If conventional trolling is the ideal solution to prospect grounds and cover large areas looking for fish, bait fishing is perfectly adapted to look for big pelagic fish as well as reef fish on “hot spots”.
- On 13 March 2008, Paul Cuzak establishes our club record, on baiting, with a 57.5kg giant trevally.
- On 14 February 2010, William Klein breaks up the junior word record with a 43kg giant trevally on baiting
- On 23 October 2014 Charles Rubis (France), on baiting (with a live bait on a VMC circle-hook) catches a 97kg dogtooth tuna. This fish weighted 17h later boded to be over 100kg on caught.
- 2 other big dogtooth tunas of 89kg and 83kg were caught on January 2015 on baiting.
It can be realized in different ways:
- With live or dead bait (whole or pieces).
- On surface or deep down.
- Slow trolling or drifting.
As you can see, possibilities are opened!
From bottom fishing to slow trolling, above reefs or on the reefs, with 2 live baits, techniques are numerous and you will appreciate to be aboard a multi fishing boat.
Baiting is opportune as the crew perfectly masters the area.
Baiting is practised in fish concentration areas (underwater structures, clustering of forage fish, fish chases…). Our principle is as follows: a bigger one eats every small fish. We shall then use bonitos, yellowfin tunas, small trevallies or small dogtooth tunas or reef fish as live baits. According to activity and baits in stock, the crew will choose between:
- Drifting with live or dead bait for dogtooth tuna, giant trevally, shark or barracuda.
- Slow trolling with live baits for blue marlin, black marlin, sailfish or wahoo.
- Slow trolling with dead rigged bait for dogtooth tuna, giant trevally, shark, barracuda, blue marlin, black marlin, sailfish, or wahoo.
- Small chunks of bait on bottom, as deep dropping for all kinds of bottom fish, blue emperor, jobfish, moon-tail sea bass, red snapper…
All these techniques are generally directed towards a special type of predator, but finally, only fish decides. It is not rare to catch a red snapper on beautiful live bait and a marlin or a big doggy on small few centimetres live bait. So fishing goes!
- Traditional or stand up rods with test from 30lbs to 80lbs according to different techniques, are at your disposal, with conform leaders, as well as metal rigs.
- Two “tuna tubes” which enable to keep alive 2 tunas or several small bonitos.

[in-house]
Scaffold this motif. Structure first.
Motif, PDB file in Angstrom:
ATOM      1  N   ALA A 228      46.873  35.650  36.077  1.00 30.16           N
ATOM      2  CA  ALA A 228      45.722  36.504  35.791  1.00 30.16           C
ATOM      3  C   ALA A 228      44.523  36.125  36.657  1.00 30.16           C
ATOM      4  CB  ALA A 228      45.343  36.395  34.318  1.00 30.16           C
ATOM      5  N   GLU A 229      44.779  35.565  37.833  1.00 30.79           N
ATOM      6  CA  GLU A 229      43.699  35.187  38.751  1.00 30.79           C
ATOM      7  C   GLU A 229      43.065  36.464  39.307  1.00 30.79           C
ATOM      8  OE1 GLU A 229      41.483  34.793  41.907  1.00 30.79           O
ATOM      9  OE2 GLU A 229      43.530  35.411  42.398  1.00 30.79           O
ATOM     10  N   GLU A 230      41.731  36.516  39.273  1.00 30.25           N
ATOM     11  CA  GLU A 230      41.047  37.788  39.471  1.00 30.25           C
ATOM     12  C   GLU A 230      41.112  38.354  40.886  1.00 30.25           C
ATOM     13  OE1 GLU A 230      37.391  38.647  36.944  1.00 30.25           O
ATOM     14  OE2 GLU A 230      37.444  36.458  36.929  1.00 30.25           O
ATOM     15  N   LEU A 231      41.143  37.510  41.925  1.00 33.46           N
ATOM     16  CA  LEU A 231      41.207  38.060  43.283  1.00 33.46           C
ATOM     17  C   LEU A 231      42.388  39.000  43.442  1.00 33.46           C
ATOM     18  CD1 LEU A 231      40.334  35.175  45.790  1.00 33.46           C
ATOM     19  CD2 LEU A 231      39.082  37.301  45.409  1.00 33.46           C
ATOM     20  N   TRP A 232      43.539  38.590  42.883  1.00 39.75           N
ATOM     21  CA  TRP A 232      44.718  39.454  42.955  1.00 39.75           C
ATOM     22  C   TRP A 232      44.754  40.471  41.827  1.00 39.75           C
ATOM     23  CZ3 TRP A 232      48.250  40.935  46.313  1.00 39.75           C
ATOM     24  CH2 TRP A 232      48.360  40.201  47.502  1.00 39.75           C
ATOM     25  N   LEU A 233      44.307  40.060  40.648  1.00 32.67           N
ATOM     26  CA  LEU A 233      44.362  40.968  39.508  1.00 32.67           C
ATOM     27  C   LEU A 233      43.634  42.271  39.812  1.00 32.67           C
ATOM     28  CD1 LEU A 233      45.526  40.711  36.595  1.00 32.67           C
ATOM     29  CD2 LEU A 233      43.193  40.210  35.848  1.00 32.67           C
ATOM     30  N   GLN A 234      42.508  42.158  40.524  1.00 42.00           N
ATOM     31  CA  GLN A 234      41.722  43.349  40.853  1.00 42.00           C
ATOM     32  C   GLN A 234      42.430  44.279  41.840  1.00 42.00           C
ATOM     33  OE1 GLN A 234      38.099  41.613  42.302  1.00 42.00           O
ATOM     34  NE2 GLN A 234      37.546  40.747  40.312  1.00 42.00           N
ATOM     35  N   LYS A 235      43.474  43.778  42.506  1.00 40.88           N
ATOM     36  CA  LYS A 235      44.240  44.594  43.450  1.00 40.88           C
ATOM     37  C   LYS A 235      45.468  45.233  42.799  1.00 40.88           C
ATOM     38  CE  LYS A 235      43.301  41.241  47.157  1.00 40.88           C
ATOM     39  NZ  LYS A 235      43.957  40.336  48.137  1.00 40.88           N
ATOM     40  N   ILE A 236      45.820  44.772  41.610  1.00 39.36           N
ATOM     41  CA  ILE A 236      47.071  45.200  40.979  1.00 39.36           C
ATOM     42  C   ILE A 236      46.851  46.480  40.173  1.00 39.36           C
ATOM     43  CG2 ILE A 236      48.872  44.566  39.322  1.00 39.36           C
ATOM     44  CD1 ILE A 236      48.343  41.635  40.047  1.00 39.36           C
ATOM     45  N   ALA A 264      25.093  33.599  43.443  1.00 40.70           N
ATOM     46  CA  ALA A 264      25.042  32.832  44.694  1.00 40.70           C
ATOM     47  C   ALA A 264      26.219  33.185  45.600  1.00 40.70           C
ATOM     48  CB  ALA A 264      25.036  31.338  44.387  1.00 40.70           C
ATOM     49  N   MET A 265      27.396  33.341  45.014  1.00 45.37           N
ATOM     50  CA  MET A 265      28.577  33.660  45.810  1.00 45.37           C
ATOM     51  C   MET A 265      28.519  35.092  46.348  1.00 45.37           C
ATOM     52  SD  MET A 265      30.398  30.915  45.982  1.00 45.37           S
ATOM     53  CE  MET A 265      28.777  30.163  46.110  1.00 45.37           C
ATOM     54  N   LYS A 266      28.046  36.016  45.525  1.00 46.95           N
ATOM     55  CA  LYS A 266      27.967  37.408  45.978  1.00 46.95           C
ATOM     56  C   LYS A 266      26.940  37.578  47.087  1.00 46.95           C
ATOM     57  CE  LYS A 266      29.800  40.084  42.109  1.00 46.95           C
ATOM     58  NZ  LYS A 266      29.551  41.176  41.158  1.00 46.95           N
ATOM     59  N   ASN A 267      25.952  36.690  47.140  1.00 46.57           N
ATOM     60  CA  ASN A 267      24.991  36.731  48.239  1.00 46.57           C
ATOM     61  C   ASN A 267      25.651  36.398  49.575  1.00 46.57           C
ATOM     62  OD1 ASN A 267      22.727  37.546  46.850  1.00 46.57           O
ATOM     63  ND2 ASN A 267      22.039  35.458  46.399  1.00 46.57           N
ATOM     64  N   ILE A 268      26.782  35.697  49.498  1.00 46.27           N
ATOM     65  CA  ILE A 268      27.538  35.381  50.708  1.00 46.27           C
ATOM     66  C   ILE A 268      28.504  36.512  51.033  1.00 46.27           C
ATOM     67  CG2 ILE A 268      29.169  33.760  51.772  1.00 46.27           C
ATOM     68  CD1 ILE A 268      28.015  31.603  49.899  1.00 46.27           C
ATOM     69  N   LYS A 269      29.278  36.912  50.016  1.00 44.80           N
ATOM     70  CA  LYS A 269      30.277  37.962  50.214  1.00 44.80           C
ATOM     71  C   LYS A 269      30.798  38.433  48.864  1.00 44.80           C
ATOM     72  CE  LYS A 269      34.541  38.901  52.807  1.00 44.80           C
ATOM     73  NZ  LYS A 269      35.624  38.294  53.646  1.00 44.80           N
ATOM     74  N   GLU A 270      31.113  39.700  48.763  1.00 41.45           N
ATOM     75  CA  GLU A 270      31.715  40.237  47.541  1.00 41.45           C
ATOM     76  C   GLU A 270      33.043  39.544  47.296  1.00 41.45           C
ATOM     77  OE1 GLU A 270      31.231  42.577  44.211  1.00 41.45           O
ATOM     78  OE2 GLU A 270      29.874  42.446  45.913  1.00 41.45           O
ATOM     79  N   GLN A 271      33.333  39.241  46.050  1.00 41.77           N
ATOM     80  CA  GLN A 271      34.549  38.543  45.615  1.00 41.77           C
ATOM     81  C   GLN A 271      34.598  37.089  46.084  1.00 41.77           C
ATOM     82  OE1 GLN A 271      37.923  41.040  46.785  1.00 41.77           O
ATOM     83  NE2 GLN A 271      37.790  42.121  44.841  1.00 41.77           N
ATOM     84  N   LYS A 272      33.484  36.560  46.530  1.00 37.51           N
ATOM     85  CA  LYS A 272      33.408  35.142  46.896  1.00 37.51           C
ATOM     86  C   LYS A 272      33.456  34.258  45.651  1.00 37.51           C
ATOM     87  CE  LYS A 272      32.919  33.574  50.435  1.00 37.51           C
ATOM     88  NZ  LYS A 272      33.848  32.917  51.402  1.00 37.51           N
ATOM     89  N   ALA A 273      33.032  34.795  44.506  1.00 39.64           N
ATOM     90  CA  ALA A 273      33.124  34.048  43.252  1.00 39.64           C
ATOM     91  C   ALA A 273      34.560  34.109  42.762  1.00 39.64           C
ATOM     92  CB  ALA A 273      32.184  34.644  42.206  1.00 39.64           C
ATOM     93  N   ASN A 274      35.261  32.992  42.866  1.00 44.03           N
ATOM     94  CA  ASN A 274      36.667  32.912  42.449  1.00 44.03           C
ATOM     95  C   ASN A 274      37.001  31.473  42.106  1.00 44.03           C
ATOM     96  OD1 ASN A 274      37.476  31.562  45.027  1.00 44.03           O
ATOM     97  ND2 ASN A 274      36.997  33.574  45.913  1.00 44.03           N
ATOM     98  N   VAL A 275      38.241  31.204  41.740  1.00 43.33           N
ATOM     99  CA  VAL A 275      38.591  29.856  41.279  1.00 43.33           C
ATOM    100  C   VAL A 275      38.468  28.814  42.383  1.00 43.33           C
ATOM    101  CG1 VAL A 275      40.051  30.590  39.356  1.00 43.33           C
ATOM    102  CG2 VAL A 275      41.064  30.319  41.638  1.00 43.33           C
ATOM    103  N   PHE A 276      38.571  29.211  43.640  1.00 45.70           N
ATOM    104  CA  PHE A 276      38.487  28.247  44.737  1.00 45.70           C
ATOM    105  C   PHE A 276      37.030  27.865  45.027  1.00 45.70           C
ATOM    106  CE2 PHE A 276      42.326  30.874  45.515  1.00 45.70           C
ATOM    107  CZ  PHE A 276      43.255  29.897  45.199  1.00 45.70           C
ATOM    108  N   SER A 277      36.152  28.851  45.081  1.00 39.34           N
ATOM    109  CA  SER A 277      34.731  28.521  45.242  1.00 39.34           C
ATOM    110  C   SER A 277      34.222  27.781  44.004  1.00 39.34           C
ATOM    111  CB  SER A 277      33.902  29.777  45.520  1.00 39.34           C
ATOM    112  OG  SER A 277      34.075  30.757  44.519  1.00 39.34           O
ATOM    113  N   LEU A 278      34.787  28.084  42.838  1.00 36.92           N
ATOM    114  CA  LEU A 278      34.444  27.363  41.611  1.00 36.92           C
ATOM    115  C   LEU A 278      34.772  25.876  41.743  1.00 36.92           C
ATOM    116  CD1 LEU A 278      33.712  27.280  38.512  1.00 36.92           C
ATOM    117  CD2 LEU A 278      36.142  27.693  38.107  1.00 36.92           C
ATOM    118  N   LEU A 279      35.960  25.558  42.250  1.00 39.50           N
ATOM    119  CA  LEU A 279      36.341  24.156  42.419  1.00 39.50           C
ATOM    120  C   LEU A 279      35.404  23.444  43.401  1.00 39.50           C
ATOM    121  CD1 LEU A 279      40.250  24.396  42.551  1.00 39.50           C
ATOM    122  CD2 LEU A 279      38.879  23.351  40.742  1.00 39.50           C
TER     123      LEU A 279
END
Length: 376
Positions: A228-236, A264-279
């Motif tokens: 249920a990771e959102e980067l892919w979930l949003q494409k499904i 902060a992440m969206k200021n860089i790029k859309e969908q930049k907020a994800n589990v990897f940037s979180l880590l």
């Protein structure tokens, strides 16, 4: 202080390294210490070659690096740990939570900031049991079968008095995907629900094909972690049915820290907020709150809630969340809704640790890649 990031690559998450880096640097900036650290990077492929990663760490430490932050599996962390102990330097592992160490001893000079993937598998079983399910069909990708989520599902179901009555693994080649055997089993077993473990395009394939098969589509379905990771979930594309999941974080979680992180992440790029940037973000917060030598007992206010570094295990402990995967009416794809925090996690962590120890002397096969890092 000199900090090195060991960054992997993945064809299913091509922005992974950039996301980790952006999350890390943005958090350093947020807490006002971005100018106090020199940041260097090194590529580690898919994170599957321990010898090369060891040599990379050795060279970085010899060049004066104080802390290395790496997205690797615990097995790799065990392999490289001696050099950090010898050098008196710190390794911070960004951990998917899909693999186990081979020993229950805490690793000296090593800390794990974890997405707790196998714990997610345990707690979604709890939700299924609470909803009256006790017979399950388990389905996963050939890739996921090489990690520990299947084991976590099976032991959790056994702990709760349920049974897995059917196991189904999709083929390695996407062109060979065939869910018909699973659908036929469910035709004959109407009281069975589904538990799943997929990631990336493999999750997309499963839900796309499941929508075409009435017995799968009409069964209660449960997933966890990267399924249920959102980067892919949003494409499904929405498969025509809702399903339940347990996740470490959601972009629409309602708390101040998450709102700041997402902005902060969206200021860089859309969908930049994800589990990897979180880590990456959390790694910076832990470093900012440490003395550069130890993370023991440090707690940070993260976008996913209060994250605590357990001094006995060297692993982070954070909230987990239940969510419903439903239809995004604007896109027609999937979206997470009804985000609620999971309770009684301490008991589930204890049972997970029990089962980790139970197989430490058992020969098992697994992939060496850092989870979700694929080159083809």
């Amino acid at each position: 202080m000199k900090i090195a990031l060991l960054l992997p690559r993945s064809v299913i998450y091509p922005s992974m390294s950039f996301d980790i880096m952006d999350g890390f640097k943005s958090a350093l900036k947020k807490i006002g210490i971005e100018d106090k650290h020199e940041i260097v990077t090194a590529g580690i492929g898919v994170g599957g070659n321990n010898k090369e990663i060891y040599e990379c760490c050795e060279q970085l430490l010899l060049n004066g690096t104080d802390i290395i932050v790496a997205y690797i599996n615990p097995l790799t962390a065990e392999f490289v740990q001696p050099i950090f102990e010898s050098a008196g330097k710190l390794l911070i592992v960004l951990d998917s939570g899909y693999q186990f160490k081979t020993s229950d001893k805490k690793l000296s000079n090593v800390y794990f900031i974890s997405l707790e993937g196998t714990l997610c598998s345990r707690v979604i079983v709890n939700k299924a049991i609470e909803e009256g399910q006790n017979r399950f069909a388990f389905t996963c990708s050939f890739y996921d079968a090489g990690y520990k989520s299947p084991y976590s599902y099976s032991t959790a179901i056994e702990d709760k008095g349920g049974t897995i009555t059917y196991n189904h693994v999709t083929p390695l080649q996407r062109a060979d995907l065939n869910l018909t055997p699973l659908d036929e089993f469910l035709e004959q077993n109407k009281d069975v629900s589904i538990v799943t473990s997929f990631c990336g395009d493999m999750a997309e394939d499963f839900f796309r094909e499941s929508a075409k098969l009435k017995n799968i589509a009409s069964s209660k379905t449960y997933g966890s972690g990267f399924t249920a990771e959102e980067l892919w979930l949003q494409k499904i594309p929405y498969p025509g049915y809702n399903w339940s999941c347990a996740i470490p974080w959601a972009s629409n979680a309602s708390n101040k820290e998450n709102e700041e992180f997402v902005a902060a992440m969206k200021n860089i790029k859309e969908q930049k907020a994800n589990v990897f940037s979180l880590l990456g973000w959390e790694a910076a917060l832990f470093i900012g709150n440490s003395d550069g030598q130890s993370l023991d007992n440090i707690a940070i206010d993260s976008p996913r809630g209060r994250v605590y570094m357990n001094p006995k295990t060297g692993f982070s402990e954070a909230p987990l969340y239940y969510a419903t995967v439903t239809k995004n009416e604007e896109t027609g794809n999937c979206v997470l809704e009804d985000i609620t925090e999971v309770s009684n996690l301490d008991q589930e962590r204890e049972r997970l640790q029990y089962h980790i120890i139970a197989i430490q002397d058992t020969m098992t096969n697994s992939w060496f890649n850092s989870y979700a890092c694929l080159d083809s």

Sinkers of different weights.
- A downrigger (device which enables to throw a bait down in slow trolling).
IF YOU WANT TO USE YOUR OWN TACKLE
Of course you may use your jigging rod, even with a live bonito if it has a good power reserve and also if it is combined with a reel such as Stella 20000 or 30000 filled in with 80lbs braid (Power Pro).
We mainly prefer the use of circle hooks; they usually hook in the corner of the mouth, enable a better release and more vigorous fights.
Fishing marlin on live bait
- A leader about 4m; you may choose a test of 400lb for a fluo-carbon line, even a 300lb line when sea is flat and fish suspicious.
- 16/0 Circle hooks such as Owner Super Mutu, or classical ones such as Jobu 11/0.
If spot is more «dogtooth tuna or trevally»
- A 200lb leader would be strong enough for a dogtooth tuna.
- Circle hooks such as VMC 9788 or Owner Super Mutu in 12/0.
- If the sea is quite and weather is sunny, you may use a 150lbs leader, still 2.5m long.
For bottom fishing
- You may use a leader between 100lbs and 130lbs test.
- As well, a sampling of small circle hooks or classical hooks (your jigs’ hooks may be convenient).
THE CAPITAIN’S ADVICE
When we practice big baiting, dead or alive, you may keep the line in your hand, pick up opened. On strike, you may let the fish take more or less line. You will not be able to hook up and you may lose the fish because of the pick-up attempting to close.
Solution is just before hooking up. You may raise the top the rod high above your head and lower it very quickly in order to be “ahead” of the line outing and then you may be able to close the pick up very easily.
I strongly advice you this technique because I have seen so many trophy fishes lost following unsuccessful hooks up.
Another advice: You may set up the drag well before you put your bait in the water!